Introduction to the Camino de Santiago
The Way of Saint James
James was the brother of John; both were part of the close-knit group of 12 apostles selected by Jesus Christ to help him spread his Gospel of repentance and forgiveness. John wrote several “books” of the New Testament of the Bible including the Gospel of John, the three epistles or letters of John, and the famed book of the Revelation. Three men named “James” played prominent roles in the early decades of Christianity after the death and resurrection of Christ. Two were apostles and one, the brother of Jesus, was author of the book of James that appears in the latter part of the New Testament. James the brother of John is the Church father for whom the Camino, the Way of Saint James, is named.
Two different legends explain how the body of James arrived on the Iberian Peninsula in the city of Santiago de Compostela. Regardless of the means of his miraculous arrival in the northwest corner of Spain, the enduring impact is the spiritual attraction the remains of James give to the Cathedral of Santiago de Compostela. This is evidenced by the long trek pilgrims have been making to venerate or honor those remains for over 1000 years.
A ”Compostela” is a certificate of accomplishment given to pilgrims who complete the trek. According to the Roman Catholic Church, the Compostela certificate has proffered a special remission of sins to the pilgrim since the Early Middle Ages—starting in the 5th and 6th centuries.
The Cathedral in Santiago de Compostela is the objective of the pilgrim. The route taken is secondary and myriad routes have been forged over the centuries, from north, south, and east, and many points between. The French Way is the most traveled, not surprisingly since most of Christian Europe would logically arrive from the north and northeast. Second in popularity was the Camino Portuguese, the route we will be hiking.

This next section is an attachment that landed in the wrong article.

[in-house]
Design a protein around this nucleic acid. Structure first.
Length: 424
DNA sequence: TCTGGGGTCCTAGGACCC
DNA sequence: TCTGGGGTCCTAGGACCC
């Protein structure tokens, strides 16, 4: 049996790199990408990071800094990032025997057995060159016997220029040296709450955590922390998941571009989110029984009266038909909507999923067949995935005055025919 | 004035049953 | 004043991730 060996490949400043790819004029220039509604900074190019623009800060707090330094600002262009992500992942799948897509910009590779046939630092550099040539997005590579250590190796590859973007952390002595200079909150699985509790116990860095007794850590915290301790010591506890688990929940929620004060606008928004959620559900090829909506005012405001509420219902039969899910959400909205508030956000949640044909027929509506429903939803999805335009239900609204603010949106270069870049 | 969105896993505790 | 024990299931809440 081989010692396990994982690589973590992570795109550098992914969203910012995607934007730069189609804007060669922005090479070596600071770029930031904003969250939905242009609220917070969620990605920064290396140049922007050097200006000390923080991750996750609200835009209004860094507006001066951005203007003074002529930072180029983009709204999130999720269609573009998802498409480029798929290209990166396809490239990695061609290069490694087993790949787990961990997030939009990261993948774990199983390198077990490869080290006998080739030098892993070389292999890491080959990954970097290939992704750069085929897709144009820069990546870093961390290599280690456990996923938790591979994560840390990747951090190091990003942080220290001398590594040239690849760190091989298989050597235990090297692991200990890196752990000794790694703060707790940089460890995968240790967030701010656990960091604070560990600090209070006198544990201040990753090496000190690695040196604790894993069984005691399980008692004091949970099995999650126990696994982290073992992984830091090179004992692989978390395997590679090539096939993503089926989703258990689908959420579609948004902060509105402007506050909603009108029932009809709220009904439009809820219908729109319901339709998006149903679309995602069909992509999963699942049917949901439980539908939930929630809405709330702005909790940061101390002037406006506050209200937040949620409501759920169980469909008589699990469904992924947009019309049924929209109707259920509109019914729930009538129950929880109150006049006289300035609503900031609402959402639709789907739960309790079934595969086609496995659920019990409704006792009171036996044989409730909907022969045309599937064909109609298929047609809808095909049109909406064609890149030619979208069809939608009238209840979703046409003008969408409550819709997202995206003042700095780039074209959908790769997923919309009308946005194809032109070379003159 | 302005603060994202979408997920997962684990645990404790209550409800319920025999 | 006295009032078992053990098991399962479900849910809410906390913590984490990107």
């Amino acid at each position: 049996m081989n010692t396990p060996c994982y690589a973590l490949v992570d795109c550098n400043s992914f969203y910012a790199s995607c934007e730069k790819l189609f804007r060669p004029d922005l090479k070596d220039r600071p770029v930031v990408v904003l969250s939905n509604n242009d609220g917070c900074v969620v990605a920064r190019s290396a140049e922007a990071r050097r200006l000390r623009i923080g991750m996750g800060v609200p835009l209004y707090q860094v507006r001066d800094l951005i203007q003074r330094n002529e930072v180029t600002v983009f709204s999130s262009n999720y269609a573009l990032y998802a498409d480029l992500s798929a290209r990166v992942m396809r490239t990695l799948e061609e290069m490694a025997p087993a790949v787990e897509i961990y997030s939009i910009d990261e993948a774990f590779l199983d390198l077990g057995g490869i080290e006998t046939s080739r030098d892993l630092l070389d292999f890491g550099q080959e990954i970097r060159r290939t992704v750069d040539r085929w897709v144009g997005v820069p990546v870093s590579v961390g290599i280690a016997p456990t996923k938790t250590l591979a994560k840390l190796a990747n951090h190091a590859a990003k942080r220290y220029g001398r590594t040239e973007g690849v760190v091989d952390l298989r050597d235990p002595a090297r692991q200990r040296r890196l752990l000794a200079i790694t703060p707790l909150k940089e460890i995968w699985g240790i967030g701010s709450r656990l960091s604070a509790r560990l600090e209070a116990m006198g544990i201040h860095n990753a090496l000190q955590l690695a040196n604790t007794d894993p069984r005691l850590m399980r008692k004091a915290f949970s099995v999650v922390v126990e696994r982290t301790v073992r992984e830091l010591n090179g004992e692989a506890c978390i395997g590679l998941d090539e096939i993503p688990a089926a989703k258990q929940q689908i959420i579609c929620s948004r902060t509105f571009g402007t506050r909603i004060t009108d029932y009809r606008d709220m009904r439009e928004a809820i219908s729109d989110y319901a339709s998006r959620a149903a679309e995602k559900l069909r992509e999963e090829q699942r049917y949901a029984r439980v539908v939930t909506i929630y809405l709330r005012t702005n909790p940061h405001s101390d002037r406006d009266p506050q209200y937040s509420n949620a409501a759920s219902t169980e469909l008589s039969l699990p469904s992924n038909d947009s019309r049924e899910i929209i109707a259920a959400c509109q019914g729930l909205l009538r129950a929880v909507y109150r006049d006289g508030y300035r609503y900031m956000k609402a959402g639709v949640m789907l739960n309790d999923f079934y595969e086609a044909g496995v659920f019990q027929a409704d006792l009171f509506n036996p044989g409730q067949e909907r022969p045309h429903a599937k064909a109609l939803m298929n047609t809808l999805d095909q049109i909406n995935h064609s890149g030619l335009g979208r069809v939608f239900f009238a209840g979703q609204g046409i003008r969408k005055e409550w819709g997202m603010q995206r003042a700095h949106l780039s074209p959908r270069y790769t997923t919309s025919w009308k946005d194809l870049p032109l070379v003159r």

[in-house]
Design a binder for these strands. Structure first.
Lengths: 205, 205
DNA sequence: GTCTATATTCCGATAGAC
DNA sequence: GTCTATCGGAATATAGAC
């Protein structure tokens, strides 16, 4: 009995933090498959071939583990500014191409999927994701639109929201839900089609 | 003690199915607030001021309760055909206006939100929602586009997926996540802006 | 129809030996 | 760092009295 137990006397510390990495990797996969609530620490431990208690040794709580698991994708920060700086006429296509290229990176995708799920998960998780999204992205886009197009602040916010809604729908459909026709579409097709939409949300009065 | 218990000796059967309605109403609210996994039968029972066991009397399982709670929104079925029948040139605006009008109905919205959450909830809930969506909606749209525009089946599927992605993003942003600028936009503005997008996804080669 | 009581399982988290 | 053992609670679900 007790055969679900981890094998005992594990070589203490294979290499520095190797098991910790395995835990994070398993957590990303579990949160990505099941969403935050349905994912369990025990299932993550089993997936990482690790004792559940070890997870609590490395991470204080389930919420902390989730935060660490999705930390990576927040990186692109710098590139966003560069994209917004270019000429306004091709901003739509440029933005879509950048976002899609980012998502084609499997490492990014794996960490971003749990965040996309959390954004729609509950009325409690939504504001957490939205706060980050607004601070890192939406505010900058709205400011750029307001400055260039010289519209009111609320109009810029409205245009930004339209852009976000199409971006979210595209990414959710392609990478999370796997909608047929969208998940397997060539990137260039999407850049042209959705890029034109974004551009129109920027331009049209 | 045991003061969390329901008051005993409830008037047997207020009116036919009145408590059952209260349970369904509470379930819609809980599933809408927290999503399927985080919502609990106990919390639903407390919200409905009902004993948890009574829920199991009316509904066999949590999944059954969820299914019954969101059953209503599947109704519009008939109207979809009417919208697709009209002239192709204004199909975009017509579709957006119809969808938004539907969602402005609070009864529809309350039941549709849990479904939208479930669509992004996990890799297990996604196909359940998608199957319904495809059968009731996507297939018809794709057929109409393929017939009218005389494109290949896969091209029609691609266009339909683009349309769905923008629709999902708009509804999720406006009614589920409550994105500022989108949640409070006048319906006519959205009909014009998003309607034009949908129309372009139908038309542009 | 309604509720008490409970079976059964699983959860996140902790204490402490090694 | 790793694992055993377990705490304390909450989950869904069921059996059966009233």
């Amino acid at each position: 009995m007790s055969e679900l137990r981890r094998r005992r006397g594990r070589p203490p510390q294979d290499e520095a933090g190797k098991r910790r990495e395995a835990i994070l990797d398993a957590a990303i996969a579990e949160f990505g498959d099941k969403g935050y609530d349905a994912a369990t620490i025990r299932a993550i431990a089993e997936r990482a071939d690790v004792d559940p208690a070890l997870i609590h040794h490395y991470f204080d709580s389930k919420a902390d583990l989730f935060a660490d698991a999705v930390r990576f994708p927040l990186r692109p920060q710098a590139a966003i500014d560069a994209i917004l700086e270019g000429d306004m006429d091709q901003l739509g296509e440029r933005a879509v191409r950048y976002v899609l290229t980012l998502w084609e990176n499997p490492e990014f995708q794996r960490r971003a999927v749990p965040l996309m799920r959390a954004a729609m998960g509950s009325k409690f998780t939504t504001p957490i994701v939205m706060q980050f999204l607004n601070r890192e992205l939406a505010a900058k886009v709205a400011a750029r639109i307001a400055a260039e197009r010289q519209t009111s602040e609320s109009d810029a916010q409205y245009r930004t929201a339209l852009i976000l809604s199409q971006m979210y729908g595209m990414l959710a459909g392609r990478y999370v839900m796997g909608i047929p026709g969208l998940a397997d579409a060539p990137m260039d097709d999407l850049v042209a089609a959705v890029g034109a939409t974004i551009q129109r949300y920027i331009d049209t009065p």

The Portuguese Way is 625 kilometers (390 miles) long and starts in Lisbon, but the Compostela is granted for anyone walking a minimum of the last 100 kilometers. Our objective is to trek the last 120 kilometers, starting in Valença, Portugal.
Visitors come from all over the world to embark on this trek, some for spiritual reasons, some to mark a life turning point, others seeking contemplative value by pressing a very deliberate “pause” button, some simply out of curiosity or the thrill of a challenging, long-distance hike. Whatever the reason, only good can arise from hiking through a foreign land in the company of friends, rubbing shoulders with walkers from all points of the compass, and slowing the pace of life to engage in the oldest form of transport known to man.
Join us for this second WAI pilgrimage along the Camino de Santiago, the Way of Saint James.
- All land travel as outlined—a bus is available to the group every day throughout the itinerary
- Superior tourist-class or better hotel accommodations (no hostels)
- 19 meals: all breakfasts, 6 lunches, and 4 dinners as denoted (BLD)
- 6 Camino walk routes as listed, with opt out opportunities every 2 hours
- 1 additional walk in Portugal
- Walking fees for those collecting IVV credit (both Portugal and Spain) if sanctions approved
- 1 Camino Credential per person
- WAI guide service throughout (2 guides)
- Cultural & historical expertise of national guides (at least 2) throughout
- All tipping for guides, coach drivers, and group meals
- Pricing is based on double occupancy; a limited number of single rooms are available for a supplement of $550. We also offer a roommate matching service.
- Guimarães, Portugal walk
- Ponta de Lima, Portugal walk
- Valença, Portugal walking tour
- Santiago de Compostela walking tour
- 2 cultural dinners
- Countless opportunities to visit churches and religious monuments along the Camino
- More fun and educational stops than we can list!
- Day in Porto (Day 1)
- Galicia Seafood & Sunset Dinner (Day 5)